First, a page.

DNA Editing in Immunity and Epigenetics

Research project

The DNA in our cells provides the blue-print of our body temporally as well as spatially. Evolution has placed a high premium on keeping this beautiful molecule stable throughout the lifetime of the organism, with DNA instability leading to mutations and genomic alterations, and possibly oncogenesis. Standing in almost direct opposition to this dogma, our laboratory is studying a group of enzymes called DNA deaminases, which induce DNA instability via deaminating dC residues to dU. Originally isolated as necessary factors for the development of our immune system, they have now been implicated in a number of fundamental aspects of cellular and organismal physiology, thereby providing the outline of our working hypothesis: DNA instability is an evolutionary desirable phenomena and will help in survival of the organism.

petersen_fig01Figure 1. Schematic overview of the regulation and function of DNA deaminases that are being studied in our laboratory. We are working on how AID is Activated in terms of transcriptional regulation, and how AID is Targeted and gains access to the specific loci. At the ssDNA target site, we are interested in what types of enzymatic Kinetics are regulating the activity. Once the deaminated dU (or dT) is present in the reformed dsDNA as a DNA mismatch, we are studying how this lesion is processed to induce immune diversity in Acquired Immunity and protects our cells via Innate Immunity. Our discovery that AID also functions outside the immune-system lead us to characterise the molecular aspects of Epigenetic Reprogramming and Meiotic Recombination. As an enzyme capable of inducing mutations and recombination it is self-evident that we also investigate how AID can induce Oncogenesis.



DNA deaminases are a family of proteins that deaminate cytosine bases in single stranded DNA (ssDNA). Originally thought to function as genome guardian to protect against foreign DNA (e.g. retroviruses, transposons etc.), the ancestral member, AID, has co-evolved with the immunoglobulin loci, and is essential for the formation of a functional humoral immune response  [1]. In humans, this family has significantly expanded and consists now of 8 members (also known as the APOBEC3 family)  [2], most of which are part of the innate immune system. Our recent efforts, as well as those of other laboratories, have now identified a second function of AID: With its ability to deaminate 5-methyl-cytosine (5meC), AID may play a significant role in epigenetic reprogramming  [3]. Because the physiological function of DNA deaminases is to induce DNA damage, they are very powerful mutagens and may be involved in all stages of oncogenesis.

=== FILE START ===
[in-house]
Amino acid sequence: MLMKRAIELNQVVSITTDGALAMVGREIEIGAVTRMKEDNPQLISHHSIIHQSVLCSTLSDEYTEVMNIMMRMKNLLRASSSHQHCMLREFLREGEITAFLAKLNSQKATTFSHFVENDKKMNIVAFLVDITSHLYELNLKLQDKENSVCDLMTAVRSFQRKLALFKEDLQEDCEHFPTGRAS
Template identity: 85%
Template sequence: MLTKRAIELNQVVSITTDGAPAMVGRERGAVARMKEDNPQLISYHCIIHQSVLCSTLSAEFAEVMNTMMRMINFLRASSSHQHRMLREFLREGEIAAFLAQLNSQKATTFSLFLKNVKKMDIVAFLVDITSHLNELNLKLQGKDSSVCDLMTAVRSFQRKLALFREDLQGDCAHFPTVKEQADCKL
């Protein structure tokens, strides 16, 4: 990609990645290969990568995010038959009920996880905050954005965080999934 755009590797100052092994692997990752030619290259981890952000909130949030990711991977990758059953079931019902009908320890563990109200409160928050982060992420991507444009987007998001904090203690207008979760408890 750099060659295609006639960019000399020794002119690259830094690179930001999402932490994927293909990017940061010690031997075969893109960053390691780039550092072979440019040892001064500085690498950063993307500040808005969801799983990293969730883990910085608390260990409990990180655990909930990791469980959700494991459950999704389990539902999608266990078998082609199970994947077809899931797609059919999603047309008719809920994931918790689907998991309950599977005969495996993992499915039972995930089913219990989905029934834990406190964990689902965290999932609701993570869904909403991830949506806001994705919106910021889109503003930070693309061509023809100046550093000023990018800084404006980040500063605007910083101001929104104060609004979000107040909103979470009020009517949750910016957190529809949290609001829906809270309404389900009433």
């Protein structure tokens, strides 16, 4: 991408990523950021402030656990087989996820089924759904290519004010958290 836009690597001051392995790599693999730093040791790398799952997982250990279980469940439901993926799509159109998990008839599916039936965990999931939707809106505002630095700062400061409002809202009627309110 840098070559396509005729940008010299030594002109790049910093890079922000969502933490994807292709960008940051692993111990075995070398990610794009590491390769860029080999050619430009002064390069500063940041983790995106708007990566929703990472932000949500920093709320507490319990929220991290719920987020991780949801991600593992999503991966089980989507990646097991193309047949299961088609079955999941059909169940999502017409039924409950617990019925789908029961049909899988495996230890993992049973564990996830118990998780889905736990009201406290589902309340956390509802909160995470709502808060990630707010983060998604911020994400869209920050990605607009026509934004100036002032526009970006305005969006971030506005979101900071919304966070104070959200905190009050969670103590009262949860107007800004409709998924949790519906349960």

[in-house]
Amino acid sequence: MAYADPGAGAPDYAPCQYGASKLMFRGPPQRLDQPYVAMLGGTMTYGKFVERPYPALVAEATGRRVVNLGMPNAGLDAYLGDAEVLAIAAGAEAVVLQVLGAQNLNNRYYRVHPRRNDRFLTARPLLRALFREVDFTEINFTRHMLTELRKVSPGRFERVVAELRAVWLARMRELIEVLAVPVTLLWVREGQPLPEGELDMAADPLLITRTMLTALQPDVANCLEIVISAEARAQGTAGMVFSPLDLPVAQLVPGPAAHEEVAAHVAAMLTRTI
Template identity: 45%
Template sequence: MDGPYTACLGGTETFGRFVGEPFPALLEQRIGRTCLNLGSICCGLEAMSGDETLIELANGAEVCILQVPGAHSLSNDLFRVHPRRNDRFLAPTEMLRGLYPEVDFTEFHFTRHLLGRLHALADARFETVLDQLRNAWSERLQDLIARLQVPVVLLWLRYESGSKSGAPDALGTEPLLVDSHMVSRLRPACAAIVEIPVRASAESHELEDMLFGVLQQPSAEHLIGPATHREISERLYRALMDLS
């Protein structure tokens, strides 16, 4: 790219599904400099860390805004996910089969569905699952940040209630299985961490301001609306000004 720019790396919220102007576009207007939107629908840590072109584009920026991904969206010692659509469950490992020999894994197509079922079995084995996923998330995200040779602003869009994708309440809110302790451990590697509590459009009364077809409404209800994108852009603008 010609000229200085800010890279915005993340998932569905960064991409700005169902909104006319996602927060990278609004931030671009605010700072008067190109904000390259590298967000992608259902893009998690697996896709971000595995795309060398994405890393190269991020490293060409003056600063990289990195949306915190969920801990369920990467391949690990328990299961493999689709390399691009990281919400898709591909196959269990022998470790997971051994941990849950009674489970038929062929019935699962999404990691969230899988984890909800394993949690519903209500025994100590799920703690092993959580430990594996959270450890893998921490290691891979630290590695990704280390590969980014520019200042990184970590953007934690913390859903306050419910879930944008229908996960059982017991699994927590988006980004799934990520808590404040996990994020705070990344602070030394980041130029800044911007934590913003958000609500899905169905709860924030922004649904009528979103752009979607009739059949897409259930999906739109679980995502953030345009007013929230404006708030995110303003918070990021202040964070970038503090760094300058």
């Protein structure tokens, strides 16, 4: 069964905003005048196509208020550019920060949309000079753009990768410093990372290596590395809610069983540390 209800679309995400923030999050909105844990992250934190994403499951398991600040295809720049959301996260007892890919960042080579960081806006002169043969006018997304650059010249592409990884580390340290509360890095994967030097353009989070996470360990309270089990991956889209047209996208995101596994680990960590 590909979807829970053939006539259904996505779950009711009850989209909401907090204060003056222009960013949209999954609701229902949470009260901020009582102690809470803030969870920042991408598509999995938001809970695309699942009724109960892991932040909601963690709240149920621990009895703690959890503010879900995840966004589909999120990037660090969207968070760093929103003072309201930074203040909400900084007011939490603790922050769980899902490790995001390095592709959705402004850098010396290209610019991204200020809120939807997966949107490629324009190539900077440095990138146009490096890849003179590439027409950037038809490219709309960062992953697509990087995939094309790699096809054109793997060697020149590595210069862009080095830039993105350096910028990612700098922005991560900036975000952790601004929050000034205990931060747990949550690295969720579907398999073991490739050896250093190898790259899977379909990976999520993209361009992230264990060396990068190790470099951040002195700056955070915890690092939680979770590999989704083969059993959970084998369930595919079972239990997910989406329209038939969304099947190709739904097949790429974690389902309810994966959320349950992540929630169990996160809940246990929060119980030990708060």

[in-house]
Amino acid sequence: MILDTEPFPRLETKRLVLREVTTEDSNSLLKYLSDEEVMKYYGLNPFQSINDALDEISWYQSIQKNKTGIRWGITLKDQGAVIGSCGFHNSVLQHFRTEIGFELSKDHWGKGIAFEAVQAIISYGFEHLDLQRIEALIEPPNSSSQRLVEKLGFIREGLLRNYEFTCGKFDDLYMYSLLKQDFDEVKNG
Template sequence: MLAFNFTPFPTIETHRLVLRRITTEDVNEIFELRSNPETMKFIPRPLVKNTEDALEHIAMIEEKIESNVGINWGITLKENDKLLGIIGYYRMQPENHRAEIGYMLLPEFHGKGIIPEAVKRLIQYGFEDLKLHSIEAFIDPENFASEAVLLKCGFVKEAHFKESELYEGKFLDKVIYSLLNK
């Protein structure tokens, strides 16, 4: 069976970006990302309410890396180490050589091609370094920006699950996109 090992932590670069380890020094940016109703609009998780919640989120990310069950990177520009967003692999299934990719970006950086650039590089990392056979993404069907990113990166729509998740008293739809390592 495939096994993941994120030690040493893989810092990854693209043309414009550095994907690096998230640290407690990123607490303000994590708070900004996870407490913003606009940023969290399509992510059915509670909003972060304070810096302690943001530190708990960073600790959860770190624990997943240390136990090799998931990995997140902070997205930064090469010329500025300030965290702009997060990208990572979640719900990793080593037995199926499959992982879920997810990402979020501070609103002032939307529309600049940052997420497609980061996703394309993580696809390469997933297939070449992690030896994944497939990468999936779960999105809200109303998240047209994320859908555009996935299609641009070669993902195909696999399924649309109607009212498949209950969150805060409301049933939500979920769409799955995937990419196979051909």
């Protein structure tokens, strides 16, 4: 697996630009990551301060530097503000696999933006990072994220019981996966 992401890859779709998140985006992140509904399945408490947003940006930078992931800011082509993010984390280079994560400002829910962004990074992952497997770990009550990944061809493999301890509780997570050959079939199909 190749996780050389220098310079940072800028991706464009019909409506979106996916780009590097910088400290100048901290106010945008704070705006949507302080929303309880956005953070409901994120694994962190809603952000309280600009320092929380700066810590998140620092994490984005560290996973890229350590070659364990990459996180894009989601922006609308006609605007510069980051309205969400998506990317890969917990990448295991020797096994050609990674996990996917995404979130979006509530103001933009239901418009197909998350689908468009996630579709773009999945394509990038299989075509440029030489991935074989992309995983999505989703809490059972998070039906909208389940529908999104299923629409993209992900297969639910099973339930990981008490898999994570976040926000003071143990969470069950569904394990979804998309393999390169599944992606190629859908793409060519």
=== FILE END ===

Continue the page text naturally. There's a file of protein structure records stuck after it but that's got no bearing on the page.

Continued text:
There are numerous pathways of how AID could become activated  [1], including transcription, translation, protein complex formation, etc. We have recently been able to show that AID can be directly activated by the hormone estrogen  [4], while progesterone inhibits AID mRNA formation  [5]. This discovery has far reaching consequences, as it may have answered an over 100 year old question: How can Estrogen induce cancer? As estrogen itself is non-mutagenic, it could only act through an intermediate complex or activity. By directly activating AID transcription, estrogen is able to induce a DNA mutator in a variety of hormonally responsive cells.

Figure 2 . Schematic of estrogen induced activation of
AID. Extracellular estrogen enters the cell, binds to the
estrogen receptor dimer (ER), is transported as a ligand
complex into the nucleus, binds near the AID promoter,
and activates AID transcription.



This area of our research is one of the most important ones in the field of DNA deaminases. As mentioned, having a DNA mutator roam freely in the nucleus would be very 'dangerous' as it could mutate off-target loci and induce genome instability. Rather than using a hypothesis driven approach, we used classical biochemistry to understand which proteins are associated with AID on chromatin. This unbiased approach has allowed us to identify the RNA pol II elongation complex as the centre of a potential targeting mechanism. Although it may be counterintuitive, as RNA pol II is widely distributed throughout the genome, this discovery in combination with our work on AID's involvement in epigenetics (see below) and its direct link to DNA repair (also below), provides a framework for important research in the near future.



Although hydrolytic deamination is a relatively simple biochemical process, an oxygen replaces a NH2 group, the precise mechanism for DNA deamination is of significant relevance. We were able to show that the human DNA deaminases (AID and APOBEC3 family members) have a sequence preference surrounding the target dC (e.g. AID prefers AGC whereas APOBEC3G prefers CCC [6]  [7] , which is a reflection of their physiological function. We could also show that AID acts in a distributive manner (e.g. between each deamination event AID dissociates briefly from the ssDNA target), and APOBEC3G in a processive manner (it stays associated with the target)  [8]. This difference in kinetics is important in terms of pathologies, as a processive nuclear AID is more oncogenic (multiple lesions in the same loci) than a distributive one. Currently we are investigating how the chemical reaction during catalysis (including binding to the substrate) proceeds, using chemically modified DNA bases.


Acquired Immunity